Detailed map of the Indian Peninsula, published following the Treaty negotiated by the Marquis of Wellesley in 1799.
The map identifies the Treaty Districts (British in Red, Nizam in Orange, Mahrattas in Green and the Rajah of Mysore in Purple). The former Possession of the British in the Carnatic & the Circars are shown in broken red lines. The dominions of the Nabob of the Carnatic are shown in Yellow.
The map illustrates the treaty which resolved the conflict between the British and various Indian factions in 1798 and 1799. Richard Colley Wesley, 1st Marquess Wellesley, was named Governor-General of India in 1797. The Marquess likely believed that the British should pursue the acquisition of a great empire in India to compensate for the loss of the American colonies and that this included supplanting French interests in the region. His rule in India began an era of enormous and rapid extension of British power.
Soon after his landing, in April 1798, he learned that an alliance was being negotiated between Tipu Sultan and the French. Wesley resolved to anticipate the action of the enemy, and ordered preparations for war. The first step was to effect the disbandment of the French troops entertained by the Nizam of Hyderabad. The invasion of Mysore followed in February 1799, ending with the capture of Seringapatam in May 1799, and the killing of Tipu Sultan, at which point, a treaty was negotiated (the subject matter of this map).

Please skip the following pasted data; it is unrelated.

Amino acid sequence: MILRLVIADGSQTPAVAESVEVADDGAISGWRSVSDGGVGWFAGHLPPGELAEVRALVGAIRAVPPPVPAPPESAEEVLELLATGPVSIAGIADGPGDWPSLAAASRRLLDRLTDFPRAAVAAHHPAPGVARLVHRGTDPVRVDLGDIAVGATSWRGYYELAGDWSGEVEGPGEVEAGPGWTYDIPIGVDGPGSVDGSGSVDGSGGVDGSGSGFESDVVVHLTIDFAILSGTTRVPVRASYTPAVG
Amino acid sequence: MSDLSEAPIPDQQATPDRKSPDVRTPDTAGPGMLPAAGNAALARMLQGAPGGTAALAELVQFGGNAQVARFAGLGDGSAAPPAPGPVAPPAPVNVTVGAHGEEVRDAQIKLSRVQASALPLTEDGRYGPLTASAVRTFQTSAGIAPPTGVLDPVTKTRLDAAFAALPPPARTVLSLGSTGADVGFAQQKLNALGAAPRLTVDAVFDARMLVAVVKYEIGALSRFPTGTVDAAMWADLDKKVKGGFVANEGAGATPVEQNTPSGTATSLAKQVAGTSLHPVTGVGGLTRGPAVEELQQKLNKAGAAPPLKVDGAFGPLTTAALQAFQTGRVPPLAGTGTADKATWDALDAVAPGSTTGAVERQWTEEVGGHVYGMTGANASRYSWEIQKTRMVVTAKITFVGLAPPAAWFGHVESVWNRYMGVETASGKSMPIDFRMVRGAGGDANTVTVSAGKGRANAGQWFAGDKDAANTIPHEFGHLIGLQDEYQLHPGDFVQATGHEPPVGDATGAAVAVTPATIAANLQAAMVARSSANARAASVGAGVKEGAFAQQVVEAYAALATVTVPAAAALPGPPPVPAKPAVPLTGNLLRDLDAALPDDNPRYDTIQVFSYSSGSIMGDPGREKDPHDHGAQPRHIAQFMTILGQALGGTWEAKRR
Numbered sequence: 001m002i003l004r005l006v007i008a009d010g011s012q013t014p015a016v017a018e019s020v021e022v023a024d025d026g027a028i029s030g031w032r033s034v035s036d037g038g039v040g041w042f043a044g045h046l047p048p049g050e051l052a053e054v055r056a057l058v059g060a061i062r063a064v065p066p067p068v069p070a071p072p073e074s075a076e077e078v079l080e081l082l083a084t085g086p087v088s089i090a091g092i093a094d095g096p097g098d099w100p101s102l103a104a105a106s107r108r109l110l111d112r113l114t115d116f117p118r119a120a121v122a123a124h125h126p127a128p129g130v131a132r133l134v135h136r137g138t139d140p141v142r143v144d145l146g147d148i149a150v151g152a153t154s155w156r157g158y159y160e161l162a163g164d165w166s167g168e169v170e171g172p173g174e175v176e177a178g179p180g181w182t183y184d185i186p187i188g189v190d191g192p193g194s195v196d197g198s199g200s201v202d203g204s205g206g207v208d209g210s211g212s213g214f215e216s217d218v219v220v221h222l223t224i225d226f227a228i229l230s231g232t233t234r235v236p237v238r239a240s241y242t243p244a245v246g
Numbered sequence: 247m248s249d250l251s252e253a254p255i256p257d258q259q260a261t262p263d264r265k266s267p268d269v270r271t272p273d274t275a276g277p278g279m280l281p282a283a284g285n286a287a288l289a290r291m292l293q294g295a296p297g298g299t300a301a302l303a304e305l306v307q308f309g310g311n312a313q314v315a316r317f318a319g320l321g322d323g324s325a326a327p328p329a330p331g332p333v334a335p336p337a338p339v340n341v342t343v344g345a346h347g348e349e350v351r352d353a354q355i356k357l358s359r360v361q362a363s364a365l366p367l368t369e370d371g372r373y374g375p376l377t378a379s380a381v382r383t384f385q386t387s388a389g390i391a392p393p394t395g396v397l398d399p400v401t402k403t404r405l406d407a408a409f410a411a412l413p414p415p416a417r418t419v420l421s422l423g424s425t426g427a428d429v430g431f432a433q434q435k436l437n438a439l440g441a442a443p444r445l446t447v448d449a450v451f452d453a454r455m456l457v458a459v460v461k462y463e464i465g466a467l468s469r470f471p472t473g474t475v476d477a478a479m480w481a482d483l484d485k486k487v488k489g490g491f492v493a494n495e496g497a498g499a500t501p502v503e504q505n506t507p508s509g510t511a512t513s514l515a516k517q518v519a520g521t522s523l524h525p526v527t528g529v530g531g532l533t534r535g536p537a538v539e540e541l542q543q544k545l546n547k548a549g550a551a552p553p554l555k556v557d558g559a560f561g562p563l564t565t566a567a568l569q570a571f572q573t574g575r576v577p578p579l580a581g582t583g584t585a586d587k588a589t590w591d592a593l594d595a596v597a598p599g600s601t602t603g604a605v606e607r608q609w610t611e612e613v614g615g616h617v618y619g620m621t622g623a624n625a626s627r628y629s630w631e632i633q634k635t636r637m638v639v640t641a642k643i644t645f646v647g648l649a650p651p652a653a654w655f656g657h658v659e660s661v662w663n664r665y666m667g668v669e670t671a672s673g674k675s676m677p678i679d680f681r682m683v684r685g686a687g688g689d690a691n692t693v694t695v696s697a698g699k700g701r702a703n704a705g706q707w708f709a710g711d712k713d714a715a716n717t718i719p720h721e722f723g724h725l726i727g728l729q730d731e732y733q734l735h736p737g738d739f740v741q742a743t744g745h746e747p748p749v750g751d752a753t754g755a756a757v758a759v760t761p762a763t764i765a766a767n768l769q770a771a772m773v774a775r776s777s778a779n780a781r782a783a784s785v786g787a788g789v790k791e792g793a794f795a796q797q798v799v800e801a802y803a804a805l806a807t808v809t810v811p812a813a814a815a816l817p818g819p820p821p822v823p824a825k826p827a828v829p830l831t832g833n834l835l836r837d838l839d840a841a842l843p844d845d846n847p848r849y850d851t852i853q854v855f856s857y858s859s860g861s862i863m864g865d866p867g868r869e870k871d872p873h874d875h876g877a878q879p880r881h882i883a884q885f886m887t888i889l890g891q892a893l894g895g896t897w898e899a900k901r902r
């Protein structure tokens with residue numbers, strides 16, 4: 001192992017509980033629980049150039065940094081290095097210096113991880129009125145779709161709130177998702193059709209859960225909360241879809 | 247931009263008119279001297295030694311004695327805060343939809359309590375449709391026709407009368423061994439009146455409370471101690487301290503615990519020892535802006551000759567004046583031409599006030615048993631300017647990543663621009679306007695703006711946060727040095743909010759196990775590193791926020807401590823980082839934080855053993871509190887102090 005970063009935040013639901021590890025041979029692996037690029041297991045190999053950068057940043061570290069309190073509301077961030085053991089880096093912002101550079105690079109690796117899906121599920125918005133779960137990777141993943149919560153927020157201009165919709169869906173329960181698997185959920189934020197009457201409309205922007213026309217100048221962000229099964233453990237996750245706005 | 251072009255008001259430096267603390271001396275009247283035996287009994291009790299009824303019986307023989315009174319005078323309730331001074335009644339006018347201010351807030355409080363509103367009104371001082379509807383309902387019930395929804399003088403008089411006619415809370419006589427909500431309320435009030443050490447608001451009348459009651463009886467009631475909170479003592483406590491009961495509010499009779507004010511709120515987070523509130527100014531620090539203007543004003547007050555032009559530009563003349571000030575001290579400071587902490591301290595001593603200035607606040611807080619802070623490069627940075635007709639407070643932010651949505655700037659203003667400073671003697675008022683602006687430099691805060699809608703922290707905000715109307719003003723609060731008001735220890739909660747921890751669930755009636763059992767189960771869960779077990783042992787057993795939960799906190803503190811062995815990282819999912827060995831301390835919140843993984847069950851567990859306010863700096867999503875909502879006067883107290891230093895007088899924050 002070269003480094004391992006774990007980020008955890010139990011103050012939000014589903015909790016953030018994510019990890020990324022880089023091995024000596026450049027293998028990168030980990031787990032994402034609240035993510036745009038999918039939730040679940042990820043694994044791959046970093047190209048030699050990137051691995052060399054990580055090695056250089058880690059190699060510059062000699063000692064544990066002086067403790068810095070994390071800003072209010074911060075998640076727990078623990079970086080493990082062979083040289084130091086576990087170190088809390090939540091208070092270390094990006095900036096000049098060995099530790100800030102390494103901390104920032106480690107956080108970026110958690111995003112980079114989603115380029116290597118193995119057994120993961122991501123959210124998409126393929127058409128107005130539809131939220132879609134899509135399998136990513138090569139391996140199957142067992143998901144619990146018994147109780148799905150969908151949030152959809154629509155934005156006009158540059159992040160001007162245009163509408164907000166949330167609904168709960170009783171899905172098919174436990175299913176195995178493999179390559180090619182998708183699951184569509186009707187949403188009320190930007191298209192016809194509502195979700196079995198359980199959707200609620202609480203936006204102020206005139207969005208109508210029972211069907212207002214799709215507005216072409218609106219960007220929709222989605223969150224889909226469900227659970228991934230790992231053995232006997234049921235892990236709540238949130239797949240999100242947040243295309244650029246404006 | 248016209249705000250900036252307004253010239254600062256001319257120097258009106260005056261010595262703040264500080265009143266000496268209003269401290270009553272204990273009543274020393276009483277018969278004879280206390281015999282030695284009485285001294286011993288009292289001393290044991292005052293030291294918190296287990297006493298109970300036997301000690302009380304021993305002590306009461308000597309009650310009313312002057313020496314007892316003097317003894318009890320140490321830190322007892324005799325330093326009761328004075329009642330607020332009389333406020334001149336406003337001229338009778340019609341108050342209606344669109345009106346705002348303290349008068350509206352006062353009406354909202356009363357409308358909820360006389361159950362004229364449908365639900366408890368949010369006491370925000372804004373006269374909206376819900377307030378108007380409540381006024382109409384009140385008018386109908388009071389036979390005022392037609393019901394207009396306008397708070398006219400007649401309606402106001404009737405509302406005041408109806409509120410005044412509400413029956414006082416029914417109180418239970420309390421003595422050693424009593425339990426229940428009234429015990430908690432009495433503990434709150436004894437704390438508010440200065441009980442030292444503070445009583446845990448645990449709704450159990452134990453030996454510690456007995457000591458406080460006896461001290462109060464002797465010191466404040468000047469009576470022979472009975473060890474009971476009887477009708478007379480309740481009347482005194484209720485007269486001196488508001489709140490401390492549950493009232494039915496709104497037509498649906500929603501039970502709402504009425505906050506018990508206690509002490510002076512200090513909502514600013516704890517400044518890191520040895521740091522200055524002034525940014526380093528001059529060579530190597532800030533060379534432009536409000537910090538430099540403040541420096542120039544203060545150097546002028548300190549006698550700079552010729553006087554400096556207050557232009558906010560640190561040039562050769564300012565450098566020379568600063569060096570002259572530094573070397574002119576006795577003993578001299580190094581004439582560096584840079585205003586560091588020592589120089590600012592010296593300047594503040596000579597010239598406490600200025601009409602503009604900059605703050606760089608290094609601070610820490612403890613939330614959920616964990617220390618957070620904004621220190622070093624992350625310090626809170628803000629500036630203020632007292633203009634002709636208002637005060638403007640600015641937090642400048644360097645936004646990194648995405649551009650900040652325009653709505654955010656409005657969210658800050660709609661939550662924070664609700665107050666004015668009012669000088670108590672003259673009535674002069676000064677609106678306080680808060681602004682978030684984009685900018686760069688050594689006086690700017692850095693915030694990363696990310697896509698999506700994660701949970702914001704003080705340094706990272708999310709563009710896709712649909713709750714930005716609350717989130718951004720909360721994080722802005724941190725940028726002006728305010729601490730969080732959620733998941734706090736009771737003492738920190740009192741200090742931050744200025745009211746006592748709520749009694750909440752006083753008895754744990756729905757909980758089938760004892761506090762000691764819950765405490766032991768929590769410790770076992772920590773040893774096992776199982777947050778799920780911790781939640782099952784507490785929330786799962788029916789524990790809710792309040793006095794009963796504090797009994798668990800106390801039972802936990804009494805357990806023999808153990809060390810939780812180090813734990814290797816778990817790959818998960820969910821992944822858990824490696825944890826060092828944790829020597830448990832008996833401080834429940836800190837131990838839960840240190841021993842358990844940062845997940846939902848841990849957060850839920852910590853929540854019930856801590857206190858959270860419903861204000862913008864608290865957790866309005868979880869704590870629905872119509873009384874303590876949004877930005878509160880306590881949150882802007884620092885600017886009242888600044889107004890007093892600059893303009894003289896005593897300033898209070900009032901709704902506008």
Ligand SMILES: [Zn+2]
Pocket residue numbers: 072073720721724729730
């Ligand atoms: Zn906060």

Both the commercial policy of Wellesley and his educational projects brought him into hostility with the court of directors, and he more than once tendered his resignation, which, however, public necessities led him to postpone till the autumn of 1805. He reached England just in time to see Pitt before his death. He had been created a Peer of Great Britain in 1797, and in 1799 became Marquess Wellesley in the Peerage of Ireland [note 1]. He formed an enormous collection of over 2,500 painted miniatures in the Company style of Indian natural history.
Rennell's maps are among the most important and influential works on India published in the second half of the 18th Century. James Rennell (1742 to 1830) was an English Geographer and Historian, and a pioneer in the study of Oceanography. Rennell began his career in the English navy. He first travelled to India in 1760. He soon mastered the theory and practice of marine surveying and briefly worked for the East India Company, in the Philippines, drawing several maps for James Dalrymple.
At the end of the Seven Years' War, he signed on with the East India Company. He came to the attention of Governor Vansittart, who wished to initiate a survey of the British territory in India. Rennell was appointed surveyor-general of the East India Company's dominions in Bengal, with a commission in the Bengal Engineers in 1763. His survey of Bengal commenced in 1764, and for the next 13 years he surveyed vast amounts of British India, earning the nickname of the Father of Indian Geography. His career in the field ended when he was wounded in Bhutan.